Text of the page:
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The Danube limes in Croatia

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Vukmanić, Igor. (2017). The Danube limes in Croatia. PhD Thesis. Filozofski fakultet u Zagrebu, Department of Archaeology.
(Poslijediplomski doktorski studij arheologije) [mentor Sanader, Mirjana].

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Abstract

The research subject of the doctoral thesis ”Danube Limes in Croatia” is the archaeological sites that were part of the Roman imperial frontier in the early centuries AD, situated in the present-day Republic of Croatia, as well as the sites which were related to this surveillance and defense system along a single border line. Therefore, the aforementioned locality consists of registered, documented and recently discovered sites which were constructed in Baranja, Slavonia and Srijem for any of the purposes stated above. These sites have been related to all known inscriptions and stamped tile products which can either confirm or hint at different attributions to military units, i.e., construction activities for (parts of) Roman legions, cohorts or cavalry units. Moreover, for the topic of the research, special attention was given to studying primary archaeological results (field surveys, excavations), geophysics (magnetometric, georadar and geoelectric method) and aerial reconnaissance (satellite imagery and aerial photographs). Research goals The above mentioned actions in the Croatian Danube region aim to achieve the following, using a range of literary or visual resources in accordance with current findings: 1. A detailed reconstruction of the ancient Roman historical landscape, with an emphasis on the remains of Roman military structures. 2. Determining the chronology and types of Roman fortifications. 3. Determining the main construction phases on sites built by the Roman army from early 1st to late 4th century AD. 4. Determining which Roman military units were present in Baranja, Slavonia and Srijem and when. 5. Establishing, according to the study, whether there are any similarities with Roman military buildings in Hungary, Croatia and Serbia. 6. Trying to determine whether Roman military stamped tiles indicate the location of those units. Research goals of this thesis are based on the following hypotheses: 1. Due to similar geographical and topographical features in Hungarian, Croatian and Serbian border regions, locations and types of Roman military installations were built according to similar criteria. 2. Croatian Danube region is characterized by two different entities: Baranja on the one hand and Slavonia and Srijem on the other. 3. Due to topography, i.e., edges of flooded area along the Danube, watchtowers did not have to be built neither in Croatian, nor in the Hungarian part of Baranja. 4. Roman main traffic road in Baranja was not built immediately next to the Danube, but alongside it. This route along the river or its flooded area branched out towards forts or fortifications as a cul-de-sac (side-routes). 5. Protection of frontier in Early and Late Roman period was organized in different ways. 6. Nominal Roman authority in the western part of the Empire – which collapsed in 476 AD – should be viewed separately from demilitarization, that is, leaving some of the frontier areas. Methodology In order to consider the Danube Limes in Croatia in the overall context of the Roman imperial frontier, the following methodology will be applied in the thesis in an attempt to achieve the aforementioned goals: 1. Analysis of the Roman frontier area in the former Roman province of Pannonia, which is located in present-day Croatia, Hungary and Serbia. This will be conducted on the basis of collected archive material, both domestic and from abroad, literature and reviewed scientific discoveries or hypotheses. The research will gather facts about individual Roman sites in the Croatian Danube region and document the state on the sites ending on December 31st, 2016. 2. Study of confirmed, likely and possible types of Roman military installations in the Croatian Danube region by measuring, among other things, the distance between the sites with tools from http://geoportal.dgu.hr and https://www.google.hr/maps. Longitudes and latitudes of the sites will be read at http://twcc.fr/en/?sc=WGS84&dc=WGS84&wgs84=18.62454056739807%252C45.80 632215092364&z=17&mt=hybrid#. 3. Interdisciplinary approach to research will focus on: 1. Expert archaeological field surveys (reconnaissance, reambulation, supervision). 2. Non-destructive survey methods (magnetometric, georadar or geoelectric method, study of aerial photographs). 3. Archaeological excavations. 4. Interviewing the residents in the Croatian Danube region. Results Expected results include: 1. Establishing whether the specific landscape features could have been responsible for building predetermined types of military structures. 2. Defining the sites that were part of the Limes system in Croatia. 3. Organizing the sites along the Limes according to type. 4. Determining which sites were part of the Late Roman military frontier zone. 5. Determining, where possible, the size of former Roman fortifications along the Danube. 6. Reassessing the interpretations of identified sites. 7. Documenting the state and archaeological potential of Roman sites along the Danube in Baranja, Slavonia and Srijem. 8. Drawing, where possible, potential sites and their dimensions on maps. 9. Determining the routes towards Roman fortifications in the Croatian Danube region. 10. Documenting Roman military stamped tiles that have been discovered so far in the area in question. 11. Articulating the Danube Limes in Croatia as precisely as possible.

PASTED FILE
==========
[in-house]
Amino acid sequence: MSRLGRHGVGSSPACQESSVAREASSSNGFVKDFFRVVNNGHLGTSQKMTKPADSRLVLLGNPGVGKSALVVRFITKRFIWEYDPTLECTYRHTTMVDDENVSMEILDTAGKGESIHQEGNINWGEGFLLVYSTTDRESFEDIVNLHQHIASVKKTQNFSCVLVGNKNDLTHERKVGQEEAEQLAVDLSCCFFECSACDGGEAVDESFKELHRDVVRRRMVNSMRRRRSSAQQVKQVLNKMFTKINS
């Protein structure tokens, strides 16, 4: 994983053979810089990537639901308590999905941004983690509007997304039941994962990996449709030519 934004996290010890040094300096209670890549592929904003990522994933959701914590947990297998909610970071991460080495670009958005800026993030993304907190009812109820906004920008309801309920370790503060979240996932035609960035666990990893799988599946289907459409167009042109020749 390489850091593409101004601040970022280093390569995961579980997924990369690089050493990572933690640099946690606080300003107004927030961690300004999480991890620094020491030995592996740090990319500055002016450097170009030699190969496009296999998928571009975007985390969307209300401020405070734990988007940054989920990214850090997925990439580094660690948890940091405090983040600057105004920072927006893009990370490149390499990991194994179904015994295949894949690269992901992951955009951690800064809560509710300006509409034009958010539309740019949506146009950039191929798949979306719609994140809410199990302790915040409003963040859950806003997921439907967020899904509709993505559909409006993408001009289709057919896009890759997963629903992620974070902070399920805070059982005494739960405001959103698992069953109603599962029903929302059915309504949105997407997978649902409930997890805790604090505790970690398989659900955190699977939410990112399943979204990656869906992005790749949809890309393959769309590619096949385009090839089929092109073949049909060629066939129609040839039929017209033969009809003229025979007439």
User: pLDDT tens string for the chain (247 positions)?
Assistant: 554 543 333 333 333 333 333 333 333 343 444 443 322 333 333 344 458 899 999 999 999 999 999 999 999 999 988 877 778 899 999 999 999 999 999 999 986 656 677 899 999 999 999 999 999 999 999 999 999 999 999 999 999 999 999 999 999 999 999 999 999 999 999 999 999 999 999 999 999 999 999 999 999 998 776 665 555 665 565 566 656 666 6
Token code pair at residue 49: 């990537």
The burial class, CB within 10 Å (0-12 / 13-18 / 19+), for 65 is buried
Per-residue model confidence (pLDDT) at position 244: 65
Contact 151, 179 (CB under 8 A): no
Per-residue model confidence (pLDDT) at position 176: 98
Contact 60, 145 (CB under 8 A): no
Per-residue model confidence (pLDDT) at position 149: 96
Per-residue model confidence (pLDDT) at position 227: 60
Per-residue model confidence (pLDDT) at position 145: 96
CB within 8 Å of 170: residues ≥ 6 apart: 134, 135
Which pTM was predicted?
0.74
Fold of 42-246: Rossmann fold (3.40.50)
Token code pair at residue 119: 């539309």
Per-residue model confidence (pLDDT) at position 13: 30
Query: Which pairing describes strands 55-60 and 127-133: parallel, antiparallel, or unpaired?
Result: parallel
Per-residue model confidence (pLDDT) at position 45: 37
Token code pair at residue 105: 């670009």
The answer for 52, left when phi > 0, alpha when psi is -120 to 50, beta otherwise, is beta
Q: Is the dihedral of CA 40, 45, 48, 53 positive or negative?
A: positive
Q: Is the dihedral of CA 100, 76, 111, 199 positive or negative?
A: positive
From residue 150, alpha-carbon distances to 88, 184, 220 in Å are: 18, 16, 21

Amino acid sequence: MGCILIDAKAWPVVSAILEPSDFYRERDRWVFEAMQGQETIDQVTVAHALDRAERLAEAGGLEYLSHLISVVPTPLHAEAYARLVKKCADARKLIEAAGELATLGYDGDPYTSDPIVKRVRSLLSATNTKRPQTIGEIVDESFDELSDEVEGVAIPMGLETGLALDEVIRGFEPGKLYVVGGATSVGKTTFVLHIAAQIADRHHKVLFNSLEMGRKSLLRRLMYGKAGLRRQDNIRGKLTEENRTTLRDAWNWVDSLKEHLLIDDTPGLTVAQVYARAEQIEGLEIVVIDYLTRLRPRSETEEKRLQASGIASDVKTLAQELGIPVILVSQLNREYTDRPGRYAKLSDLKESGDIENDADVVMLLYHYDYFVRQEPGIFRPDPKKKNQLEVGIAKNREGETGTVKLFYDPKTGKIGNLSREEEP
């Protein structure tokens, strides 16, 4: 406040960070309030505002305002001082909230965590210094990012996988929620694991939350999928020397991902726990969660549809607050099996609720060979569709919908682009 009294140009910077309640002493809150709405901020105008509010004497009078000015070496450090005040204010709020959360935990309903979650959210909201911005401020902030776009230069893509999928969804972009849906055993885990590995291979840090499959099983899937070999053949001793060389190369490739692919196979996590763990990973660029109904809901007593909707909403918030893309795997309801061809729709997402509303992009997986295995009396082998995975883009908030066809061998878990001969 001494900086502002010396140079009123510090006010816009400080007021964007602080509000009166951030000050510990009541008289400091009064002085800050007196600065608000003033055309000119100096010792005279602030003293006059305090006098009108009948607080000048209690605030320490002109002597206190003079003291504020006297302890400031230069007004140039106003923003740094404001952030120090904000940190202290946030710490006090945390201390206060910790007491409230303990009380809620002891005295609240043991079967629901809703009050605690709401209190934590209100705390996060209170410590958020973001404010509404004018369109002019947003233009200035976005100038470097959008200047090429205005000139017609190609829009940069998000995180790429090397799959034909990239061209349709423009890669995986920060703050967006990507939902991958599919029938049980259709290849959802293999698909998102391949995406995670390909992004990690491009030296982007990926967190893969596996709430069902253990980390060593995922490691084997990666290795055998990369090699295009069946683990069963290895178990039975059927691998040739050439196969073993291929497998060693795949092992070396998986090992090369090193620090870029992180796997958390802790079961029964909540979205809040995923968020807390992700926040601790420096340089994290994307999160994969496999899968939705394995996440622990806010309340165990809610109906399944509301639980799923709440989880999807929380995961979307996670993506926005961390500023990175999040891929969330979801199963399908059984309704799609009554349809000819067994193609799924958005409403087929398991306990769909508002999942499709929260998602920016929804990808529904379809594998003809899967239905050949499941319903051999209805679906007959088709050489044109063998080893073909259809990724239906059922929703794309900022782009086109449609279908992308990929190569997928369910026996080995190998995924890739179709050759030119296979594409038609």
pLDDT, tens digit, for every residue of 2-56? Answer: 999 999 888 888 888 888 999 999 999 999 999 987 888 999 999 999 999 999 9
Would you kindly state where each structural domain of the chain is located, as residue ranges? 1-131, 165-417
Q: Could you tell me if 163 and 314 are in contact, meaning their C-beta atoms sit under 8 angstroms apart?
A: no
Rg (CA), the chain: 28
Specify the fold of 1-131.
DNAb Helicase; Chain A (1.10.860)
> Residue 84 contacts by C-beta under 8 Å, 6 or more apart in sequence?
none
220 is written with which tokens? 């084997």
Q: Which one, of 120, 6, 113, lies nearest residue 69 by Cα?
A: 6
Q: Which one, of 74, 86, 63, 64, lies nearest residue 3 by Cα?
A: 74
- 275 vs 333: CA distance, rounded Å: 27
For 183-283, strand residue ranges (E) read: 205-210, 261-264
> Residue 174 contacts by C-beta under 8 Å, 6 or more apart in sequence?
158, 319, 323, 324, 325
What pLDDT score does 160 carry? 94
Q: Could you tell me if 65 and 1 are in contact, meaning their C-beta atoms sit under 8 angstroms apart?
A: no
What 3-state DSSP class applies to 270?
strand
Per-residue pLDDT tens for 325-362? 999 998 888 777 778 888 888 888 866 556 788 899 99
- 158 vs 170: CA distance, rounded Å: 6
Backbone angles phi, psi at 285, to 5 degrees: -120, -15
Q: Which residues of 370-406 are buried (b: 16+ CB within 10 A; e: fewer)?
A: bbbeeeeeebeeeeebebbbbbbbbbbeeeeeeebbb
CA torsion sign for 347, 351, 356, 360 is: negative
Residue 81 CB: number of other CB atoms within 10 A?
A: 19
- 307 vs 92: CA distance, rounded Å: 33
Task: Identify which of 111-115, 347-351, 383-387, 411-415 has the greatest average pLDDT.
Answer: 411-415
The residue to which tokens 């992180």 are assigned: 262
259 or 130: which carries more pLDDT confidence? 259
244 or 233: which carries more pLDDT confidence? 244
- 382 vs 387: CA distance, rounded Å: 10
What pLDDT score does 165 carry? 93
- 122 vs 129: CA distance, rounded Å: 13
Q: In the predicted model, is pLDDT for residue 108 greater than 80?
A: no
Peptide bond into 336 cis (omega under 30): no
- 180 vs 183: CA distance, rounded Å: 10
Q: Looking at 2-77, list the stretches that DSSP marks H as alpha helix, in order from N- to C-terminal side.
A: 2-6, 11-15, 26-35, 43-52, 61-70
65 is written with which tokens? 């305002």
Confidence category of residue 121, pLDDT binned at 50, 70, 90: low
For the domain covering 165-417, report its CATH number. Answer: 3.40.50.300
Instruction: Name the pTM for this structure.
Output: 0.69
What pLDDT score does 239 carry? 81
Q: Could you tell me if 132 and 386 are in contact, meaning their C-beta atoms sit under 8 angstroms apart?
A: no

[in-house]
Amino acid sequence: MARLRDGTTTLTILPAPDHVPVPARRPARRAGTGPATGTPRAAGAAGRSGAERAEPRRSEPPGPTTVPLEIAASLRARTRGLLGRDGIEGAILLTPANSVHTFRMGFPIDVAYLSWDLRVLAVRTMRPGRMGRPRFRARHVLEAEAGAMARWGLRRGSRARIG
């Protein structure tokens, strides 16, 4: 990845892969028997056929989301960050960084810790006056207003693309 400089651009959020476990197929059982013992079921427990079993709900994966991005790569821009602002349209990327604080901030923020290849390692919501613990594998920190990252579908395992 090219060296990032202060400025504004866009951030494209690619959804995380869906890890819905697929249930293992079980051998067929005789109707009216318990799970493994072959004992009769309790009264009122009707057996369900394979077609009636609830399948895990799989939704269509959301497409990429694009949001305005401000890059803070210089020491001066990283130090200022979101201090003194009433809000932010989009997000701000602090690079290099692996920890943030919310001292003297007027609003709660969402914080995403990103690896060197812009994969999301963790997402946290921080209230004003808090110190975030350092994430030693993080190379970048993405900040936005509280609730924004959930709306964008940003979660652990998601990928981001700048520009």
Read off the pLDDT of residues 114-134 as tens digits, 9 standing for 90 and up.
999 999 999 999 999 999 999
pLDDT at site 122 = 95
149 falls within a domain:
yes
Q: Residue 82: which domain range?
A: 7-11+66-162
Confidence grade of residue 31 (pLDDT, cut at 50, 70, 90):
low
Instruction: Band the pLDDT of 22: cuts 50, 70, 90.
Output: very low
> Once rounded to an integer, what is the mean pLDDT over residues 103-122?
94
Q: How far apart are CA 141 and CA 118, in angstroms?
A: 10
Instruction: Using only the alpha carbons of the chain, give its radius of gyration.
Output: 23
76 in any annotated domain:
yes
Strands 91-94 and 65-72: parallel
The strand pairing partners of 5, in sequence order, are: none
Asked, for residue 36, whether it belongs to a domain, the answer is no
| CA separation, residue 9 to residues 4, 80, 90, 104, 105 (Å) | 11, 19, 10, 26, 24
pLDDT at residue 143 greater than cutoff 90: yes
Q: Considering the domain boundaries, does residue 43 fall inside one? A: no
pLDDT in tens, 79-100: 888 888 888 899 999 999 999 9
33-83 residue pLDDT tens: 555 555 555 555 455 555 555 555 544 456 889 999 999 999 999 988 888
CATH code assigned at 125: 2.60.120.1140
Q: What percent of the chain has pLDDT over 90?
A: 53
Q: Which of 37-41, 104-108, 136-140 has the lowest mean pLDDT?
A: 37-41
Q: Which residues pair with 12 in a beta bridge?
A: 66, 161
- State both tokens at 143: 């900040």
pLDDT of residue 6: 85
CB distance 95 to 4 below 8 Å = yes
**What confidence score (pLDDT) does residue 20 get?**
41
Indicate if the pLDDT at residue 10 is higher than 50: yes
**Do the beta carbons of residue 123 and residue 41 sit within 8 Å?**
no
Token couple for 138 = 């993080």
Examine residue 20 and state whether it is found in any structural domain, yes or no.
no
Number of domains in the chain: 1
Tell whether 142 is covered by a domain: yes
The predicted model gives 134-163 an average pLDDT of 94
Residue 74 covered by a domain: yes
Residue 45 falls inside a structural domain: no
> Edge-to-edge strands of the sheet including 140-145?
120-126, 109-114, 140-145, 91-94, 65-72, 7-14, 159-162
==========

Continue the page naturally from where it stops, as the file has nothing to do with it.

Item Type: PhD Thesis
Uncontrolled Keywords: Roman frontiers, the Danube region in Croatia, Hungary and Serbia, Limes,late Roman frontier military zone, Roman military stamped tiles
Subjects: Archaeology
Departments: Department of Archaeology
Supervisor: Sanader, Mirjana
Additional Information: Poslijediplomski doktorski studij arheologije
Date Deposited: 25 Oct 2017 09:16
Last Modified: 25 Oct 2017 09:16
URI: http://darhiv.ffzg.unizg.hr/id/eprint/9240